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A Hezbollah-Israel conflict is closer than ever

If Israel does not nip this equation in the bud, it will enter a tailspin in which the terror group, rather than the leadership of the Jewish state, dictates the rules of the game.

Hezbollah flags during a funeral salute. Credit: Crop Media/Shutterstock.
Hezbollah flags during a funeral salute. Credit: Crop Media/Shutterstock.
Brig. Gen. (res.) Zvika Haimovich

Hezbollah fired 19 rockets at northern Israel on Aug. 6, and IDF artillery units returned fire into Southern Lebanon. The situation has been quiet since, but the idea that the escalation is “behind us” is deceptively misleading.

A more sober assessment of the situation leads to the conclusion that the countdown to a direct Israel-Hezbollah clash has begun, and the Aug. 6 incident has brought us one step closer to that confrontation.

Until now, an unwritten agreement has been in place between Israel and Hezbollah, according to which Lebanon is left outside of hostilities between the sides. Israel reportedly conducts regularly operations in Syria, targeting the transfer of weapons, and those operations harm Hezbollah. When Hezbollah personnel have been killed in Syria, the Lebanese terror organization responded in ways that ranged from laconic to irrelevant.

Yet the August rocket fire is a different case altogether. It began with rockets launched on Aug. 4 targeting northern Israel, by a so-called “rebellious” armed Palestinian group in Lebanon. Israel responded with airstrikes in Southern Lebanon—for the first time in many years—and Hezbollah then fired its salvo, claiming formal responsibility for the attack.

This represents a shift, both conceptual and physical, in which operational friction between Israel and Hezbollah in Lebanon is becoming overt and at a higher intensity than in the past.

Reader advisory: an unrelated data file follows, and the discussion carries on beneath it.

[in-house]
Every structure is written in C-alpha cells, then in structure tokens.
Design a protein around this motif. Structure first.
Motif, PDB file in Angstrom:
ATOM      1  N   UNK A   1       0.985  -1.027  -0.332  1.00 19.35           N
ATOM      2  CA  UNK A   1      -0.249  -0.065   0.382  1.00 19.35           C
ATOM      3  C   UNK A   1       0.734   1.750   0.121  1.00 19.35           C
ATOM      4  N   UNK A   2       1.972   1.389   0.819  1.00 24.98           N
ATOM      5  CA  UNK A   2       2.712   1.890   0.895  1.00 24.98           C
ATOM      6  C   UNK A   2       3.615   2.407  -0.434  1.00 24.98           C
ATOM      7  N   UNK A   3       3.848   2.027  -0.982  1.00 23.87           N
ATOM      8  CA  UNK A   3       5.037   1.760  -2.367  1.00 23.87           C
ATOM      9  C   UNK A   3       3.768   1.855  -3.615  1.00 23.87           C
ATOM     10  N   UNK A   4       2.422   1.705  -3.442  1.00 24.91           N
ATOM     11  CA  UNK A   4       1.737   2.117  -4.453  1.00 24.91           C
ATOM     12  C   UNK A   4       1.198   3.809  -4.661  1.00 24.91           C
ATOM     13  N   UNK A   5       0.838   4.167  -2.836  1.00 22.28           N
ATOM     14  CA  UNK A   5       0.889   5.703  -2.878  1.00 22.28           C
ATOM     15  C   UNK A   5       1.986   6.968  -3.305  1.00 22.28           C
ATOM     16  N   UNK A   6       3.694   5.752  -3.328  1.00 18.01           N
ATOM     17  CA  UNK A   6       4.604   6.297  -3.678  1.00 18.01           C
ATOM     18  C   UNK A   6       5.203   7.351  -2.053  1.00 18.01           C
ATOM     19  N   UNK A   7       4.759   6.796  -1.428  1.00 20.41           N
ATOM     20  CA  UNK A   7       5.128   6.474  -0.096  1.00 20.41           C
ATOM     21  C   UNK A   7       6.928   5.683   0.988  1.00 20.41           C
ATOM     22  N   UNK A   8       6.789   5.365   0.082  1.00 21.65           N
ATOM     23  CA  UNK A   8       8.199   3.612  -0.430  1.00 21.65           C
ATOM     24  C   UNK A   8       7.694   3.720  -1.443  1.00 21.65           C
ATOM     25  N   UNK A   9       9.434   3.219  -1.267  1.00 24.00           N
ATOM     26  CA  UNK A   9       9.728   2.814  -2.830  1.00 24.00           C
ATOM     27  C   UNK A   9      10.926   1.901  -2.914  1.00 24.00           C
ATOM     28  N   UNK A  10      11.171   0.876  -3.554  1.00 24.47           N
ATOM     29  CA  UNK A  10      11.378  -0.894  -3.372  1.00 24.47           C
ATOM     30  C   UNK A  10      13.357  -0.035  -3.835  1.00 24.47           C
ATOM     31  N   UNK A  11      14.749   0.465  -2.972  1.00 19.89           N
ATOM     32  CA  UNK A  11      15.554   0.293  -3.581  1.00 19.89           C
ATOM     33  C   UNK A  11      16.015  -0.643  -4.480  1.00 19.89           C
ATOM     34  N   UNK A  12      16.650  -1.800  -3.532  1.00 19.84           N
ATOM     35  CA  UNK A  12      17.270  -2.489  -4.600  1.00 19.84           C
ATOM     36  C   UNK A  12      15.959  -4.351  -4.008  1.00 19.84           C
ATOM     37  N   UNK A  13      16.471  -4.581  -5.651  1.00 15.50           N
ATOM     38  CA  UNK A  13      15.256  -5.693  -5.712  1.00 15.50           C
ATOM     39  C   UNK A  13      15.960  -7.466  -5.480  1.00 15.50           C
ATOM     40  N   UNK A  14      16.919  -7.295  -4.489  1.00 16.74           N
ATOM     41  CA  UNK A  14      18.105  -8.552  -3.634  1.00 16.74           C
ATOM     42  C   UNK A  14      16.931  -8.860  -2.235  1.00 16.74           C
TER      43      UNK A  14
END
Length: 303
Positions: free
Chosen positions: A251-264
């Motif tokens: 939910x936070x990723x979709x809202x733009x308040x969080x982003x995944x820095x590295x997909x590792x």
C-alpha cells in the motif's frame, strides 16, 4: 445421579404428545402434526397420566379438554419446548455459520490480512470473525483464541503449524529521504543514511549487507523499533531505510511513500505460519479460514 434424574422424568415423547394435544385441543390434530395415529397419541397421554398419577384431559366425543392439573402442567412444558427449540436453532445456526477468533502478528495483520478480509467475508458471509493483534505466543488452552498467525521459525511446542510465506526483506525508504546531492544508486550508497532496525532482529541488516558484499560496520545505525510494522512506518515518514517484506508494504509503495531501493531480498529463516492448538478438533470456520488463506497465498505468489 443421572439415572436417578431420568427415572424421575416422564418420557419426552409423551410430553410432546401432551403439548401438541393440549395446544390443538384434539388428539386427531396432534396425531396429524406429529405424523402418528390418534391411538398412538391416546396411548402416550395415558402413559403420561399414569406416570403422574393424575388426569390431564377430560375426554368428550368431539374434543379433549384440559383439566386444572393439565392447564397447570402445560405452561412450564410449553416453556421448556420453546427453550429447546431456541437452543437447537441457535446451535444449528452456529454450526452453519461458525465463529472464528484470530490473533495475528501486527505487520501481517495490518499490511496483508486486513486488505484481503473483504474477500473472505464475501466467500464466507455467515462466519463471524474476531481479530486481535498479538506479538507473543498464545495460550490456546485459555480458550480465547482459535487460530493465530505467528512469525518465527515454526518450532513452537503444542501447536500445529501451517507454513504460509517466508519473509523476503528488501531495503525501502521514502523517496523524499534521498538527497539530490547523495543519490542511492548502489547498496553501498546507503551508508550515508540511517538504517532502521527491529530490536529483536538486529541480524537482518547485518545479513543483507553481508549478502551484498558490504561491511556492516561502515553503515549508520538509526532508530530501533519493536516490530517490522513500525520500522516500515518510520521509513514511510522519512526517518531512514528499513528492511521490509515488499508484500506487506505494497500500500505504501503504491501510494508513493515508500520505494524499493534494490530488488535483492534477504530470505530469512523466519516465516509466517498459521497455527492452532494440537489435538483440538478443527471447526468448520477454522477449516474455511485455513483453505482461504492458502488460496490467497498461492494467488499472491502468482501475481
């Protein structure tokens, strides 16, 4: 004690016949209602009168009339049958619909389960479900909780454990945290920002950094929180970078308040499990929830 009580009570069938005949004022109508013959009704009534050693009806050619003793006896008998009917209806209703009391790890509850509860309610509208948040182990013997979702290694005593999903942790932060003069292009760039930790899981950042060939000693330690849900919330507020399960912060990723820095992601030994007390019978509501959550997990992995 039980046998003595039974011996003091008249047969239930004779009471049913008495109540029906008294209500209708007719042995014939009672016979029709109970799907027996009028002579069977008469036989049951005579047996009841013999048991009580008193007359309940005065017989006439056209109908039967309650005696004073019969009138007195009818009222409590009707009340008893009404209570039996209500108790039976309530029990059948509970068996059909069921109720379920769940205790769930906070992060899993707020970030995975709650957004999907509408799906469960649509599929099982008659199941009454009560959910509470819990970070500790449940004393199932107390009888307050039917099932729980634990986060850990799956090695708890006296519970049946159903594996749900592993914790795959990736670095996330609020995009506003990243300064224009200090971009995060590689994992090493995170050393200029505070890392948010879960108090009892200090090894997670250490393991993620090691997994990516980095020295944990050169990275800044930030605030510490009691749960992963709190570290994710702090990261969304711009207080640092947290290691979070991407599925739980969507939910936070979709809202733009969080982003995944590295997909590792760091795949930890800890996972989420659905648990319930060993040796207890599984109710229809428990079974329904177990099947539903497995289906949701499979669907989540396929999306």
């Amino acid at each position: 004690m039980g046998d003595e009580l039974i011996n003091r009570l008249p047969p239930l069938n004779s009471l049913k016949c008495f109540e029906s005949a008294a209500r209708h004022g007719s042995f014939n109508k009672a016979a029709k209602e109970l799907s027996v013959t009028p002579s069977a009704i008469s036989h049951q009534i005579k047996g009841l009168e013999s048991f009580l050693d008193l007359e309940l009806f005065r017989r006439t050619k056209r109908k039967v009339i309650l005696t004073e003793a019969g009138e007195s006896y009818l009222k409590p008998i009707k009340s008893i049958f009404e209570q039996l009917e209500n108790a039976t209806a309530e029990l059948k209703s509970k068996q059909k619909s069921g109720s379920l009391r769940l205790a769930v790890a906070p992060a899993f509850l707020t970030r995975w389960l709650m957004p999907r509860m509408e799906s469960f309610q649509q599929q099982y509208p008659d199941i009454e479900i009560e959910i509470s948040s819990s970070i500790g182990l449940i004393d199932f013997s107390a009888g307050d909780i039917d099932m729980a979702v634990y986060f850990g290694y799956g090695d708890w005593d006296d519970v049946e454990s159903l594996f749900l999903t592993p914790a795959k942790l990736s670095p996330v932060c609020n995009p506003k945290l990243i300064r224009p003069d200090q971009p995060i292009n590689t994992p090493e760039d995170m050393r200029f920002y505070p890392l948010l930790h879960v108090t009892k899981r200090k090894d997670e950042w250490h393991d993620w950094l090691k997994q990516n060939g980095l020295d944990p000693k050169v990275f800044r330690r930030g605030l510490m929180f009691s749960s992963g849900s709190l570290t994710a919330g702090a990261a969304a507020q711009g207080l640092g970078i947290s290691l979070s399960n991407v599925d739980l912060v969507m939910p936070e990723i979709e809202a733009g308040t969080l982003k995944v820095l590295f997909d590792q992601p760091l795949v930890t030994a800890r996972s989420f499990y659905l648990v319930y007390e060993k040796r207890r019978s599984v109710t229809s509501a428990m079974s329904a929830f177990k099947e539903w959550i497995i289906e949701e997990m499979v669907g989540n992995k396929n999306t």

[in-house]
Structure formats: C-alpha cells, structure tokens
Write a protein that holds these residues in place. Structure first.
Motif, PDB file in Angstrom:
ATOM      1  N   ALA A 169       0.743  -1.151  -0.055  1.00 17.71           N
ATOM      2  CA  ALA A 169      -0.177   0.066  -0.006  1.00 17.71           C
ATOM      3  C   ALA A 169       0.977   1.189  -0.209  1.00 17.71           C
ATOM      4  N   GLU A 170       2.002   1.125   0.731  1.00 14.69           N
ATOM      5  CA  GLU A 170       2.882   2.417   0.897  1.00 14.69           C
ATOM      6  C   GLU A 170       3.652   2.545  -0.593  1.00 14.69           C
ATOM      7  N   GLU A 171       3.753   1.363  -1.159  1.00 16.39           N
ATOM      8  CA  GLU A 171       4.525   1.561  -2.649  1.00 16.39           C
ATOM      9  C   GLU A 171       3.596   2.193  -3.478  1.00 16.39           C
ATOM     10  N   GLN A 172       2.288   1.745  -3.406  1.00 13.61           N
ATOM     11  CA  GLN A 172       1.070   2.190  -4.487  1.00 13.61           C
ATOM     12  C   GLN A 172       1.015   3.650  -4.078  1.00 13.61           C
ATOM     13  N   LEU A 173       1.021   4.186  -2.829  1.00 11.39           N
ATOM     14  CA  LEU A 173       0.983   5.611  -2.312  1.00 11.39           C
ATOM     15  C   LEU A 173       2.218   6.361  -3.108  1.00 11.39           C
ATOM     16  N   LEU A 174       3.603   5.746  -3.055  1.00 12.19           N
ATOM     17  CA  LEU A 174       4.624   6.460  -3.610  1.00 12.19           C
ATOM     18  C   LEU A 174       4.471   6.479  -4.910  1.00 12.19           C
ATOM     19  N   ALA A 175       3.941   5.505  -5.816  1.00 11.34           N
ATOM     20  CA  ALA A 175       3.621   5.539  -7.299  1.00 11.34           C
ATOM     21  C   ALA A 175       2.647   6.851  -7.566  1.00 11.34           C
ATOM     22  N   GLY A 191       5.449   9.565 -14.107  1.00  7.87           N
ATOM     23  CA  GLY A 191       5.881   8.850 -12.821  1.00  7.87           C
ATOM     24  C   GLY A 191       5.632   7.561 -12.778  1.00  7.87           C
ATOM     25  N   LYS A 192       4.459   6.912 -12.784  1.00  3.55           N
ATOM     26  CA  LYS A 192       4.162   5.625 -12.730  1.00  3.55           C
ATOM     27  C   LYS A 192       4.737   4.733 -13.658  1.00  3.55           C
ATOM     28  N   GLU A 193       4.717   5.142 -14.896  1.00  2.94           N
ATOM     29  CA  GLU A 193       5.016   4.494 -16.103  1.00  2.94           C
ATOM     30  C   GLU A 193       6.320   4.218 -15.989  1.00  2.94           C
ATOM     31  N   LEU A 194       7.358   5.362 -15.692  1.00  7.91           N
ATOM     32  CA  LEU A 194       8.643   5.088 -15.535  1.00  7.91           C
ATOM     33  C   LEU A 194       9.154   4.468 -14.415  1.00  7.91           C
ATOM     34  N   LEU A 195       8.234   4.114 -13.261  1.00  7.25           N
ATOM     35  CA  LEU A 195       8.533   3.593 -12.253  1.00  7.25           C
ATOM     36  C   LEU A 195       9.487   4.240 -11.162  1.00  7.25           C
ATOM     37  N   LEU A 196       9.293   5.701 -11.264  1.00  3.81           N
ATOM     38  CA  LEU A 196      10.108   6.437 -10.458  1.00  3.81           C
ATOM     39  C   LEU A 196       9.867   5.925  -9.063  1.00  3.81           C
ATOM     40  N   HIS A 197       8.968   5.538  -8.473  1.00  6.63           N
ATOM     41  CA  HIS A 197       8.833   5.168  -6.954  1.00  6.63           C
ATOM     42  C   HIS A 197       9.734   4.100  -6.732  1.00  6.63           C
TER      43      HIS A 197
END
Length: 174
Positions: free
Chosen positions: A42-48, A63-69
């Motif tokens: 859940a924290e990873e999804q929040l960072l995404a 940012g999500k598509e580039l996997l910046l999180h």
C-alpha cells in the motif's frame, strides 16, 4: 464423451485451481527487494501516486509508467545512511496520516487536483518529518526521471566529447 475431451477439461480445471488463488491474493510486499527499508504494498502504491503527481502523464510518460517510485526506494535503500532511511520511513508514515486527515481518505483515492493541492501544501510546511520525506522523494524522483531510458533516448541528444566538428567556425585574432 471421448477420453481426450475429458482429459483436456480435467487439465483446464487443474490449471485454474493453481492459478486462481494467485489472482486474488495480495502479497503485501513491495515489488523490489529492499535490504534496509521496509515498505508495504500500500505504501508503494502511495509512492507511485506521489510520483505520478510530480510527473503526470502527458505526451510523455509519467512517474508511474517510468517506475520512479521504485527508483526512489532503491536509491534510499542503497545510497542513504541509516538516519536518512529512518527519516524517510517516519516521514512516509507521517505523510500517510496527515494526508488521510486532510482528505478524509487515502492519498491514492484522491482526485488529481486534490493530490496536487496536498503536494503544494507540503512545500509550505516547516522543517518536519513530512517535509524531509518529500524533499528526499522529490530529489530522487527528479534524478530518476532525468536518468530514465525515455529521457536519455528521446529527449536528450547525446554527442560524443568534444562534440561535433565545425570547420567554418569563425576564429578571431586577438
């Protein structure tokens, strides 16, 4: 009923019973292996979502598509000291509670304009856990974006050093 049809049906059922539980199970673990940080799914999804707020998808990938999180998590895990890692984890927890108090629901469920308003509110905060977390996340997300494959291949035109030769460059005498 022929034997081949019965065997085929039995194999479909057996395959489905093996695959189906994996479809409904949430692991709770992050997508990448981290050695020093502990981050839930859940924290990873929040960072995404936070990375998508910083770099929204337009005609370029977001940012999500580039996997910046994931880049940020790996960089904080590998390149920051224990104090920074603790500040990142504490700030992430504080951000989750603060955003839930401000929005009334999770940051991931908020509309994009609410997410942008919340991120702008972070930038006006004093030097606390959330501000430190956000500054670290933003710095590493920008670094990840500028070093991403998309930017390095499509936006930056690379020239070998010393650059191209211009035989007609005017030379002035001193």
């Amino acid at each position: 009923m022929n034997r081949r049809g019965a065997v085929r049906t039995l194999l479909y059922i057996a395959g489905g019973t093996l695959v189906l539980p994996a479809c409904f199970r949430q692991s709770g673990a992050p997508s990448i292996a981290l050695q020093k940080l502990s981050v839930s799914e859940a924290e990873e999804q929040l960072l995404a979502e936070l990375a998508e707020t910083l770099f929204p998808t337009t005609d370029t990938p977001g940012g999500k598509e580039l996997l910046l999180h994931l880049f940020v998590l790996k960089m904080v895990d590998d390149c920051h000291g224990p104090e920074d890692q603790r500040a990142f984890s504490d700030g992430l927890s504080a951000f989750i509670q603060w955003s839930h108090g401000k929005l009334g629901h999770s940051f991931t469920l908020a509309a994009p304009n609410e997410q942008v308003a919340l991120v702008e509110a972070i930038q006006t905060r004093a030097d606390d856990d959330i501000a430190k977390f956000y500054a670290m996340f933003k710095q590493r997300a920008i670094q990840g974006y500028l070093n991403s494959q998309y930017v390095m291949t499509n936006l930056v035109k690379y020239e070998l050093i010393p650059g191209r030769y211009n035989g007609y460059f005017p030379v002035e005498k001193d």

This development is being fueled by four key components that form the larger picture. The first is the presidential changeover in Iran. The installation of Iranian President Ebrahim Raisi to power forms a new opportunity for the Islamic Republic to signal its intentions in the region.

Secondly, the internal political and economic situation in Lebanon is an inseparable influencing factor. While it is impossible to determine whether Lebanon is collapsing or not, it’s clear that events such as the resignation of the Lebanese prime minister, the ever-worsening economic crisis and the failure of Beirut to recover from the August 2020 port blast are increasing pressure on Hezbollah. And when Hezbollah feels that the flames within Lebanon get too hot, it can be expected to redirect them towards Israel to take the pressure off itself.

The third key influencing factor is Iran’s ongoing entrenchment program in Syria. The Islamic Republic remains determined to use Syria as a launchpad for pursuing its destabilizing interests and objectives, as well as those of Hezbollah. This creates a constant source of friction between the Iranian axis and the Israel Defense Forces.

Finally, the situation in Gaza is projecting onto events in Lebanon as well. After the May conflict between Israel and Hamas, several key issues remain in dispute, such as the entry of Qatari funds and Hamas’s demands for an increased flow of goods into the Strip that it rules. Now, Hamas has a new way of pressuring Israel, without endangering Gaza, by operating from Lebanon with Hezbollah’s consent.